Poster Preparation Guidelines

Preparatory Considerations
Poster Content and Design
Judging Criteria
Snell Library Resources
Tips and Tools
Final Considerations
Preparatory Considerations

Before creating your poster, ask:

  • What is the main function of my poster? Who is my audience?
  • What is the primary thing I want my audience to understand and experience?
  • What solution, new way of thinking or seeing does my project provide?
  • How do I express my expertise simply so I don’t overwhelm non-experts?

While creating your poster, aim to:

  • Engage attendees in conversation.
  • Express your project in layman’s terms.
  • Focus on simple, memorable messages; include only essential details.
  • Leave out points that distract from your central message.
  • Emphasize “why” over “how.”
  • Less is more. Avoid jargon and extensive technical description.
Poster Content and Design

Your RISE poster is divided into the following content areas. We suggest a quadrant format.

  • Opportunity – Write your abstract, introduction, background, goal, etc. here.
  • Approach – Describe your method here.
  • Data/Results – Include images, figures, tables, etc.
  • Impact – State your value proposition and elaborate on your MyRISE impact statement.
  • References and Acknowledgements (Optional)

When designing your poster, remember:

  • This is a template. Some features may be changed, while others are fixed.
  • The fixed features that should not be changed are:
    • RISE and Northeastern logos
    • Abstract ID, Category and Undergraduate/Graduate headings
    • Content Area topics and order (Opportunity, Approach, Data/Results/Impact)
  • The modifiable features are:
    • We suggest a quadrant format
    • Quadrant lines
    • Size of text boxes, font style/size of headings, titles, text, etc.
    • Alignment of headings and text
    • Inclusion of graphics and images
  • Within these limits, freely employ design strategies that will capture the attention of RISE attendees and express the value of your research.
  • Please delete instructional box once you have completed your poster layout.
  • All posters must be submitted as a PDF through MyRISE.
Judging Criteria

Your RISE poster will be judged by the following criteria:

  • OriginalityIs the project fresh and new? Does it offer a unique perspective? Is the project compelling and interesting?
  • Significance/Impact of ResearchDoes the project achieve a beneficial objective? Does it present a compelling model for advancing social, civic, and/or environmental equity? Does it expose bias? Improve efficiency and/or efficacy? Increase wellbeing?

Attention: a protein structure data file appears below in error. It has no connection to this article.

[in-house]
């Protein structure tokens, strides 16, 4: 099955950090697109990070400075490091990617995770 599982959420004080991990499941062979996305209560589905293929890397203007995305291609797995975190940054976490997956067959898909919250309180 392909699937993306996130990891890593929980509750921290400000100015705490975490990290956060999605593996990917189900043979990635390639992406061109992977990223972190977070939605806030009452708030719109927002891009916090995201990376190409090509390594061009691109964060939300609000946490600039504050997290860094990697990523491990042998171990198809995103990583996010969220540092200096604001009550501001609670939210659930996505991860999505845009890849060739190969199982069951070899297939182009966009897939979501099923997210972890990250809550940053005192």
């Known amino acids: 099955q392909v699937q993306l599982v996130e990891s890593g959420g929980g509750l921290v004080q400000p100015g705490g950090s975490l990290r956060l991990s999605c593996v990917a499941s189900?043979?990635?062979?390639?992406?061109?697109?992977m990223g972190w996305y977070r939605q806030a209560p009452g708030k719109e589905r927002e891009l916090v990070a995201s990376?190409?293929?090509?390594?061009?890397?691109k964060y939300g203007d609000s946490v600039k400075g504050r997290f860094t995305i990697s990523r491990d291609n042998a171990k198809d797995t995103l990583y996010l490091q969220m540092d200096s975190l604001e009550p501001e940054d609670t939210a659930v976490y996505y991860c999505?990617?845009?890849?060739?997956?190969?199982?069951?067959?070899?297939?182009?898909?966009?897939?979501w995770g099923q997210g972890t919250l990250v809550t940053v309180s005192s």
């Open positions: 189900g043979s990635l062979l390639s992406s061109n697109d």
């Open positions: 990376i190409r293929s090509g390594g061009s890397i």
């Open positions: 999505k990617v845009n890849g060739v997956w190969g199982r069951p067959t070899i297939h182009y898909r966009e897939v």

• Quality/Substance of PosterIs the poster clear and concise? Does it convey the essence of the project? Does it compete with or complement the message?
  • Overall PresentationDoes the presenter demonstrate command of the project? Is the topic effectively communicated to a lay audience? Does the pitch inspire further engagement? Do you feel compelled to share the project with others? (Based on day of pitch and presentation)
Snell Library Resources

Northeastern University Libraries have a number of resources available to help RISE presenters at many stages of the research process.

Resources include:

  • Experts at finding resources in your area of study, called “Subject Librarians.” Find your expert here.
  • GIS and Data Visualization Subject Guide for assistance with displaying your data graphically.
  • Walk-in office hours, open to students, faculty, and staff, and located at Snell Library, Room 243.
    • Data Visualization – Thursdays, 10:00AM – 12:00PM.
    • GIS – Thursdays, 1:00PM – 3:00PM.


Can’t make office hours? Email to schedule an appointment. Contact Snell!

  • Steven Braun, Data Analytics and Visualization Specialist, for further assistance.
  • Bahare Sanaie-Movahed, GIS Specialist, for further assistance with GIS, spatial analysis, or digital mapping.
Tips and Tools

Tips for Creating an Award Winning Poster

  • Use quadrants to organize your content.
  • Use headings and sub-headings to convey your message.
  • Highlight headings by italicizing, bolding, or using larger type.
  • Keep text segments to 50 words or fewer, use phrases over sentences.
  • Use dark colors against the light background – the opposite causes eye strain.
  • Use at least one image – a photo, graph, or illustration.
  • Keep graphics simple, clean, and, preferably, two-dimensional.
  • If using color images, make sure they don’t clash with the rest of the poster.
  • Balance the placement of text with blank space.
  • Consider the laws of symmetry when choosing how to organize text and images.

Tools for Creating an Award Winning Poster

Final Considerations

When revising your poster, ask:

  • If I encountered this poster, would I stop?
  • Is the poster layout visually interesting?
  • Are the important points labeled? (e.g., “Opportunity,” “Impact”)
  • Are the title and headings readable from a distance?
  • Is the text easy to read in terms of font and color?
  • Are my graphics relevant? Do they complement the text?
  • Is there balance between text, image, and blank space?
  • Would a non-expert be able to understand the content?